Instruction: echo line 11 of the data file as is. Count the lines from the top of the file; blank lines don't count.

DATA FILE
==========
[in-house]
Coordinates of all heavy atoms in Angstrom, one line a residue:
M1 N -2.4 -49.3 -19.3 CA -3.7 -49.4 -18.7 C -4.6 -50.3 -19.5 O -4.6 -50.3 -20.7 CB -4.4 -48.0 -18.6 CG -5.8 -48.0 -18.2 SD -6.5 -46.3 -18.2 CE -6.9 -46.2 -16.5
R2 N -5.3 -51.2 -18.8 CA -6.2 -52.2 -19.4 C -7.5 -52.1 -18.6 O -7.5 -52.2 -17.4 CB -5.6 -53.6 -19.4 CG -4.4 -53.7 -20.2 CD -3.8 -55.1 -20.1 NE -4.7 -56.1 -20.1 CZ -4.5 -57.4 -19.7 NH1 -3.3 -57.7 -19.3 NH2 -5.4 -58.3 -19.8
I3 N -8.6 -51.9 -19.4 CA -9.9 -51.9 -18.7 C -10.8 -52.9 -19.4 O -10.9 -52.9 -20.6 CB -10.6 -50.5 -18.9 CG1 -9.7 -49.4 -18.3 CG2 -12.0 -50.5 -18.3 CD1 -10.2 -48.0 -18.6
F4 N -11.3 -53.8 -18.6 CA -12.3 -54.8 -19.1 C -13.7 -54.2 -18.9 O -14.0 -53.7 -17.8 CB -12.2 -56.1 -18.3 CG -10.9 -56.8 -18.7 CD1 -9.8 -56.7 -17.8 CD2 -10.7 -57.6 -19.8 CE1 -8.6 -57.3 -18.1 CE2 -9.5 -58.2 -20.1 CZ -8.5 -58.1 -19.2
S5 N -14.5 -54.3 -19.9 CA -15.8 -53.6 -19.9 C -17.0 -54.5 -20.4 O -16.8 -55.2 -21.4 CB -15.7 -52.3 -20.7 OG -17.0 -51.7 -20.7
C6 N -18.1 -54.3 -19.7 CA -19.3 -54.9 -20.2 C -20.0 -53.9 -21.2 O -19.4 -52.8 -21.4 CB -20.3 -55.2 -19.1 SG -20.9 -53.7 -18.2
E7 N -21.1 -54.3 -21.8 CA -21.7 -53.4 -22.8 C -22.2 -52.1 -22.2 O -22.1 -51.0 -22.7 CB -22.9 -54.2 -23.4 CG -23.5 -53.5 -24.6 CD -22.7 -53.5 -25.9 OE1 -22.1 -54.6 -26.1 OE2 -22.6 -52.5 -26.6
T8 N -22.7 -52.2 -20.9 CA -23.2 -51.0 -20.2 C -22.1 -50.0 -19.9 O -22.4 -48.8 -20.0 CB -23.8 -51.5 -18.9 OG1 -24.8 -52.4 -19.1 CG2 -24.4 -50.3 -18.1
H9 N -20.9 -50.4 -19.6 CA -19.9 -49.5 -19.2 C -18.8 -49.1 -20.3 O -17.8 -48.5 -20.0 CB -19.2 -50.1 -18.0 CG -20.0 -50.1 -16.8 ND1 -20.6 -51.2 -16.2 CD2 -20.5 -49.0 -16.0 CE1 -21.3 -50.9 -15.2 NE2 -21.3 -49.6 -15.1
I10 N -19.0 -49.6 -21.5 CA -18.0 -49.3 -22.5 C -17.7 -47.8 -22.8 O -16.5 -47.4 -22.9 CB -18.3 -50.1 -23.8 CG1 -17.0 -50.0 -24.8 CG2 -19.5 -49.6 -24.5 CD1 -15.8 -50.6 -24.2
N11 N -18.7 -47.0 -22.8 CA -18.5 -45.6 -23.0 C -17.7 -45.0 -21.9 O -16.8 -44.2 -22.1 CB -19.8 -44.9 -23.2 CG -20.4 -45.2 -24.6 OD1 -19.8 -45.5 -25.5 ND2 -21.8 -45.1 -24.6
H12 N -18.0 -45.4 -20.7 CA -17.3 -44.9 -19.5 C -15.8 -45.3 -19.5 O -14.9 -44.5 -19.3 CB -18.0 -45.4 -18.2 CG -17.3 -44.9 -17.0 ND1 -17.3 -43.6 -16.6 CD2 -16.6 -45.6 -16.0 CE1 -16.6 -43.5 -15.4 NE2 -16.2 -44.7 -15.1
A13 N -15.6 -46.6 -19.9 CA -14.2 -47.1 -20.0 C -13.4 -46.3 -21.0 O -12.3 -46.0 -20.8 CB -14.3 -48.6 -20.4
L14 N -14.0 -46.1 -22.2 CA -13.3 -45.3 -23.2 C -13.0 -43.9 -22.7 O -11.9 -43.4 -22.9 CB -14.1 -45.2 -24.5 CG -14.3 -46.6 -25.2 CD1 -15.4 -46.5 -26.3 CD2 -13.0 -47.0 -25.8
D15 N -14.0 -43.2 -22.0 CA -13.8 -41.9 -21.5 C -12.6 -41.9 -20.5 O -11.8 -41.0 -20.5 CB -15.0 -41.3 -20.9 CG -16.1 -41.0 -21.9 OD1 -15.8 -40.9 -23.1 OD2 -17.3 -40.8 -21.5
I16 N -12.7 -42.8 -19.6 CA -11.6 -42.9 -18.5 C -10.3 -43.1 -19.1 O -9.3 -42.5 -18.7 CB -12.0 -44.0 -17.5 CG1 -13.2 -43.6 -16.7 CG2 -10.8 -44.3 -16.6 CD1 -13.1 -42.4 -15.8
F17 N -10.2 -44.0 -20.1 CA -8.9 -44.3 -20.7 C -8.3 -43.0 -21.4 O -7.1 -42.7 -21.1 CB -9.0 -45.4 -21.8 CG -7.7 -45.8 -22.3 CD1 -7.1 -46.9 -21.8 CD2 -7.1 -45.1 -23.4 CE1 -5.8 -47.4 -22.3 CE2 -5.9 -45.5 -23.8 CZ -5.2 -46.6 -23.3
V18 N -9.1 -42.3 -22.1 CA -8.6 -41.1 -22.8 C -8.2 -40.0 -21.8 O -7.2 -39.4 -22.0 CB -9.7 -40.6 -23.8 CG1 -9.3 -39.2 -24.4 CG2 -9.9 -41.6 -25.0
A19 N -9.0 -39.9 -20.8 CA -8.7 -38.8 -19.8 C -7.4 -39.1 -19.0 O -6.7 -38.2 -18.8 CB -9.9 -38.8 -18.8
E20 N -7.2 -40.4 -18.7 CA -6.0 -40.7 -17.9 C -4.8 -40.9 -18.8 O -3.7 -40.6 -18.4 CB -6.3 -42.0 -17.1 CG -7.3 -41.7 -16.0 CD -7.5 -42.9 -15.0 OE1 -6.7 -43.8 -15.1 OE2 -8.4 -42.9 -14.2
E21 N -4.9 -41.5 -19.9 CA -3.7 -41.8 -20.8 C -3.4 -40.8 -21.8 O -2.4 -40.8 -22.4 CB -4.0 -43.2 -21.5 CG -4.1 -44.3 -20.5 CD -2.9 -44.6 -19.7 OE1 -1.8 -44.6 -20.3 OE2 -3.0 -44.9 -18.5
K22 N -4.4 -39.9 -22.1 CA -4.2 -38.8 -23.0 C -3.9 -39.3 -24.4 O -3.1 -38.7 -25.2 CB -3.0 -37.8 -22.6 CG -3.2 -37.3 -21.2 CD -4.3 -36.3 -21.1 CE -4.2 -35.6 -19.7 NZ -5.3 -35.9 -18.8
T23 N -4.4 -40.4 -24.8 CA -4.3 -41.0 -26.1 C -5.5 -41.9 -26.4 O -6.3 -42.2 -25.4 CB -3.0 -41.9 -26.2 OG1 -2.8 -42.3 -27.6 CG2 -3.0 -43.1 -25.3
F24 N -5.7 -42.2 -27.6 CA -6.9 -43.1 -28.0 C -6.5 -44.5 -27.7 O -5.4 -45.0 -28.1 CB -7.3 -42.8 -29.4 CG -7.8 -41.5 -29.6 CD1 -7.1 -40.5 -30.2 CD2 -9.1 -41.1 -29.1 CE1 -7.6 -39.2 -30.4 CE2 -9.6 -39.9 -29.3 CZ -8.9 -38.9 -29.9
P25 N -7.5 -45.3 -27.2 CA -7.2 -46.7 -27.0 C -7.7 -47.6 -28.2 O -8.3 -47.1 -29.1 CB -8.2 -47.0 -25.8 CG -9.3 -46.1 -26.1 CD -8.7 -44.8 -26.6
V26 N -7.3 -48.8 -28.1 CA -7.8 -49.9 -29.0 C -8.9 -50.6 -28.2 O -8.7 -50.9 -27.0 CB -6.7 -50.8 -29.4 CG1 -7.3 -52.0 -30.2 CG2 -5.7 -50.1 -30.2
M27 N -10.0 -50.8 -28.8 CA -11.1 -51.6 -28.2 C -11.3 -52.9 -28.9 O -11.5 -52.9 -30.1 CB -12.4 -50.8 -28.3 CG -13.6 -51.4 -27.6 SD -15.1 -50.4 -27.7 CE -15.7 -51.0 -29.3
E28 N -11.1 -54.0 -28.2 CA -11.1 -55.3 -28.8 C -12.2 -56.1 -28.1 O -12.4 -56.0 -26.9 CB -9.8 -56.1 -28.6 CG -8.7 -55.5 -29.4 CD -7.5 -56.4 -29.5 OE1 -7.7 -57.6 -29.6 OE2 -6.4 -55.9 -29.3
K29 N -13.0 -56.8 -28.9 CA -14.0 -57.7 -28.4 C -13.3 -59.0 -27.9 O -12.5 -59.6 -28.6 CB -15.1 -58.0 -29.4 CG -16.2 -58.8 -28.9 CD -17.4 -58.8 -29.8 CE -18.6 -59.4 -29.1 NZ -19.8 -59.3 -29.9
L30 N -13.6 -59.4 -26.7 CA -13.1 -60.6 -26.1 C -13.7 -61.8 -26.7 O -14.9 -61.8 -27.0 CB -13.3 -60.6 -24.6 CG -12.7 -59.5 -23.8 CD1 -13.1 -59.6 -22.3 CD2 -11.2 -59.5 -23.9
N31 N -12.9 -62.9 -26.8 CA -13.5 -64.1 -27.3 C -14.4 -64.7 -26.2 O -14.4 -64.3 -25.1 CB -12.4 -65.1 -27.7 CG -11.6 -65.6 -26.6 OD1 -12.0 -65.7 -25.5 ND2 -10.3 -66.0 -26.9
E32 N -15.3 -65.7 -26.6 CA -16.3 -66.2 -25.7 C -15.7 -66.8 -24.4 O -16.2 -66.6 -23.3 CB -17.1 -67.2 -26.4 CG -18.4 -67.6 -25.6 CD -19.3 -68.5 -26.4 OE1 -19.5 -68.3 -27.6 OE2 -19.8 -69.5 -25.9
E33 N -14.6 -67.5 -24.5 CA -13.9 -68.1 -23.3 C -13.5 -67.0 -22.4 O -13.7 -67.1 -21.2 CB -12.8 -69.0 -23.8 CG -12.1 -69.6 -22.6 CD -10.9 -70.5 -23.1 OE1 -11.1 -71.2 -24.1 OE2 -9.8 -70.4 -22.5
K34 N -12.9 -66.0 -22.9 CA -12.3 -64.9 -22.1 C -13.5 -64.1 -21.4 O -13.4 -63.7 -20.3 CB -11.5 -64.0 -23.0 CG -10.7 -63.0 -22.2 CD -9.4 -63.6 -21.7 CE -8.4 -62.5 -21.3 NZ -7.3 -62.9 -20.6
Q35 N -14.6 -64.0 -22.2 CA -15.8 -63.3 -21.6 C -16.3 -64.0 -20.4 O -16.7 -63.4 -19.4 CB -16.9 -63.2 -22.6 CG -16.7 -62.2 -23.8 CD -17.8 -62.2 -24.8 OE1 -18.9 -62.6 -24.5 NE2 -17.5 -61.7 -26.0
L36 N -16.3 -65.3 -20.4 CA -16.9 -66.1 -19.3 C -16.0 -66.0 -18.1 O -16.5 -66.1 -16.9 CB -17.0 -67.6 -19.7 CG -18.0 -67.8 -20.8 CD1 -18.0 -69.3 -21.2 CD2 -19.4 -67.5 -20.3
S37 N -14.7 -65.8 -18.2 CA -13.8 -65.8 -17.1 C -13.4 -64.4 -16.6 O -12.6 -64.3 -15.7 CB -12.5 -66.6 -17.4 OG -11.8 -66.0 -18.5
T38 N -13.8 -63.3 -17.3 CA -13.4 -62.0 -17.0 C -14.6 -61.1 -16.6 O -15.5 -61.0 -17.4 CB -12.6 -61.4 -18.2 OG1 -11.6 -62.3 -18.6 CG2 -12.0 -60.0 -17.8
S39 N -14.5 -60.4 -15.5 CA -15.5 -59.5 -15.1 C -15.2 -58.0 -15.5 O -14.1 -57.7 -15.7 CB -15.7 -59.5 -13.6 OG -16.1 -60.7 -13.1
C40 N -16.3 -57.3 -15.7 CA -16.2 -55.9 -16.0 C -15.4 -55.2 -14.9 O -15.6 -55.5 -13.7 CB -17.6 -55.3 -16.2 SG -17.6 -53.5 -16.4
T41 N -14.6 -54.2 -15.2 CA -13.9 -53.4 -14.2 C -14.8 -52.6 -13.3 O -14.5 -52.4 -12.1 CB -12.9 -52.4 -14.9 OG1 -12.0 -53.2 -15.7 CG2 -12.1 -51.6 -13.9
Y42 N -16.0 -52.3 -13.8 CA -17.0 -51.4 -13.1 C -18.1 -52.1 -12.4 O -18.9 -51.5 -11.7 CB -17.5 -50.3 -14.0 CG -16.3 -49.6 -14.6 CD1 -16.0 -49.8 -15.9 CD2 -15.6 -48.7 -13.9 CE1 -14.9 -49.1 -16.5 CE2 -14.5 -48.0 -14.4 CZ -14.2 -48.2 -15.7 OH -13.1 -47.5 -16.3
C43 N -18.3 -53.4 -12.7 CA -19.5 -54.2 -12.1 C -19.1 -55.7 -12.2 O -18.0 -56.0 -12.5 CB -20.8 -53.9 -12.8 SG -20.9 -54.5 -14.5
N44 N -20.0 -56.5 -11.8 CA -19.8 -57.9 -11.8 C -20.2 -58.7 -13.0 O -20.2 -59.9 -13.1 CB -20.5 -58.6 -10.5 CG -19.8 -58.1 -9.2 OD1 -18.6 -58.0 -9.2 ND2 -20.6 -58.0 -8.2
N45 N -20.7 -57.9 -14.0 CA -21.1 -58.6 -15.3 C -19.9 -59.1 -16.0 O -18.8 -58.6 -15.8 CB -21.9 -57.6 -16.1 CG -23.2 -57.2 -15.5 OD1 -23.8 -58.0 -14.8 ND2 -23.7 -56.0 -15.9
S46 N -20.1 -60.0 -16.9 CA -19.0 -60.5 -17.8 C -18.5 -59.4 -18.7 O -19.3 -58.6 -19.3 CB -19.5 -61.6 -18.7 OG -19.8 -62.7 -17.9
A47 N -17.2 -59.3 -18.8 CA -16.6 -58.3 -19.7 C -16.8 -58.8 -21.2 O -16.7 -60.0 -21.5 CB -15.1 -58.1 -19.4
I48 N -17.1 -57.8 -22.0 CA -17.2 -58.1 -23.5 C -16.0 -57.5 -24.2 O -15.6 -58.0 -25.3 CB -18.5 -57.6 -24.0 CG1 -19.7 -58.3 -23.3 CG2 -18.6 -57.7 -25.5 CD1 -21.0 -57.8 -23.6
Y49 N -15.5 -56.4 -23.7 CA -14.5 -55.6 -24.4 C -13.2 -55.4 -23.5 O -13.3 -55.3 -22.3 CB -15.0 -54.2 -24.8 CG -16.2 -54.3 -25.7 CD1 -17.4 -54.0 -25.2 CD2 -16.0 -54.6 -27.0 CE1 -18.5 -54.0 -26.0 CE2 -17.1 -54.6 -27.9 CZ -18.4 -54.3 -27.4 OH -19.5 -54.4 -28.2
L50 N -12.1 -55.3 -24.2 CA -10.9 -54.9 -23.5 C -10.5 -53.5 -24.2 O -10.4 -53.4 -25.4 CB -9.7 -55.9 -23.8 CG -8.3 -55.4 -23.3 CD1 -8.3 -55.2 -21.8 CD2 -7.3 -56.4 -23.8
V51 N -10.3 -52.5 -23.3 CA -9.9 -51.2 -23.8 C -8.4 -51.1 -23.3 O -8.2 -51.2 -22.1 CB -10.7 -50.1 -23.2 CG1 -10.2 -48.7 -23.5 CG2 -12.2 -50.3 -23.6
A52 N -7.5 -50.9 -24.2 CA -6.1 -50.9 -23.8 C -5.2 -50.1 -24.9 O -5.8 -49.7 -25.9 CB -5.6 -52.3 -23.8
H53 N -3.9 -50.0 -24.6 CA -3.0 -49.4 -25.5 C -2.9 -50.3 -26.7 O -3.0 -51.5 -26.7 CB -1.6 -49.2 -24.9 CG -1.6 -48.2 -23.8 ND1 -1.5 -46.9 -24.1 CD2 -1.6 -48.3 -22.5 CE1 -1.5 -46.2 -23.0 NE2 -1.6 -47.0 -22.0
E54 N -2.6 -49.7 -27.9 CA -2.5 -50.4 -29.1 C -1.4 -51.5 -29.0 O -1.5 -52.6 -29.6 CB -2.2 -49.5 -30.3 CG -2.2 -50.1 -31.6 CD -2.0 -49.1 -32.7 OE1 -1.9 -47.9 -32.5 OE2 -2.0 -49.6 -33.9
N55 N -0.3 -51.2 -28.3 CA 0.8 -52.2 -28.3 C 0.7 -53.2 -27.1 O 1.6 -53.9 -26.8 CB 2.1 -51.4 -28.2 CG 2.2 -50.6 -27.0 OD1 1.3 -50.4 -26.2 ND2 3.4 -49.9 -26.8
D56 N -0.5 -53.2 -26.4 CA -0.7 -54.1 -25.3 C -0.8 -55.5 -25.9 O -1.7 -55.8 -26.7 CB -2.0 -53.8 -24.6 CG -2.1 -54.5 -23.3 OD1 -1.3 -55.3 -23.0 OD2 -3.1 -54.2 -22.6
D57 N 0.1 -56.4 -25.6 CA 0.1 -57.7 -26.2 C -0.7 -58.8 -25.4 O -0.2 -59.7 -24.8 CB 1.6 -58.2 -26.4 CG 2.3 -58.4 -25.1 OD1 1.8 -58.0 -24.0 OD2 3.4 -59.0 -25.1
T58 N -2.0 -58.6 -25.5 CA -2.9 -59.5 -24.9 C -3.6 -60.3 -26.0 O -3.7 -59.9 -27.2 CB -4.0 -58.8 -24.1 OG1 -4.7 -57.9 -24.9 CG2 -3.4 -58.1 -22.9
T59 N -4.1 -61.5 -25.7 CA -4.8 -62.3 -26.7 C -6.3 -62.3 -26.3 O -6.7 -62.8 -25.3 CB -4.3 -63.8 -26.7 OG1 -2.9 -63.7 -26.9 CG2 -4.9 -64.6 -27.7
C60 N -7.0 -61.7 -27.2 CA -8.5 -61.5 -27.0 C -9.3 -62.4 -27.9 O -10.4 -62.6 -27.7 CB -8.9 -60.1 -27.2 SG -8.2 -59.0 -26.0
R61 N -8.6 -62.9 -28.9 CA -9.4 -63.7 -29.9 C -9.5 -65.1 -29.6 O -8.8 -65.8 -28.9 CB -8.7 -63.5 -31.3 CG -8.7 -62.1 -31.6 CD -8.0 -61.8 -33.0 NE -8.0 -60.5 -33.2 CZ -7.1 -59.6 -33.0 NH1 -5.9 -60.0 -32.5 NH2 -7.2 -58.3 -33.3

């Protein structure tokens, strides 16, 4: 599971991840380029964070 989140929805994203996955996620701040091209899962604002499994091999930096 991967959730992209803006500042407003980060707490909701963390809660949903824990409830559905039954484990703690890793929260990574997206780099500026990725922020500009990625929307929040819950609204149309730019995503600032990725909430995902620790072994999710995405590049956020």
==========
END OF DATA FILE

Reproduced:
H9 N -20.9 -50.4 -19.6 CA -19.9 -49.5 -19.2 C -18.8 -49.1 -20.3 O -17.8 -48.5 -20.0 CB -19.2 -50.1 -18.0 CG -20.0 -50.1 -16.8 ND1 -20.6 -51.2 -16.2 CD2 -20.5 -49.0 -16.0 CE1 -21.3 -50.9 -15.2 NE2 -21.3 -49.6 -15.1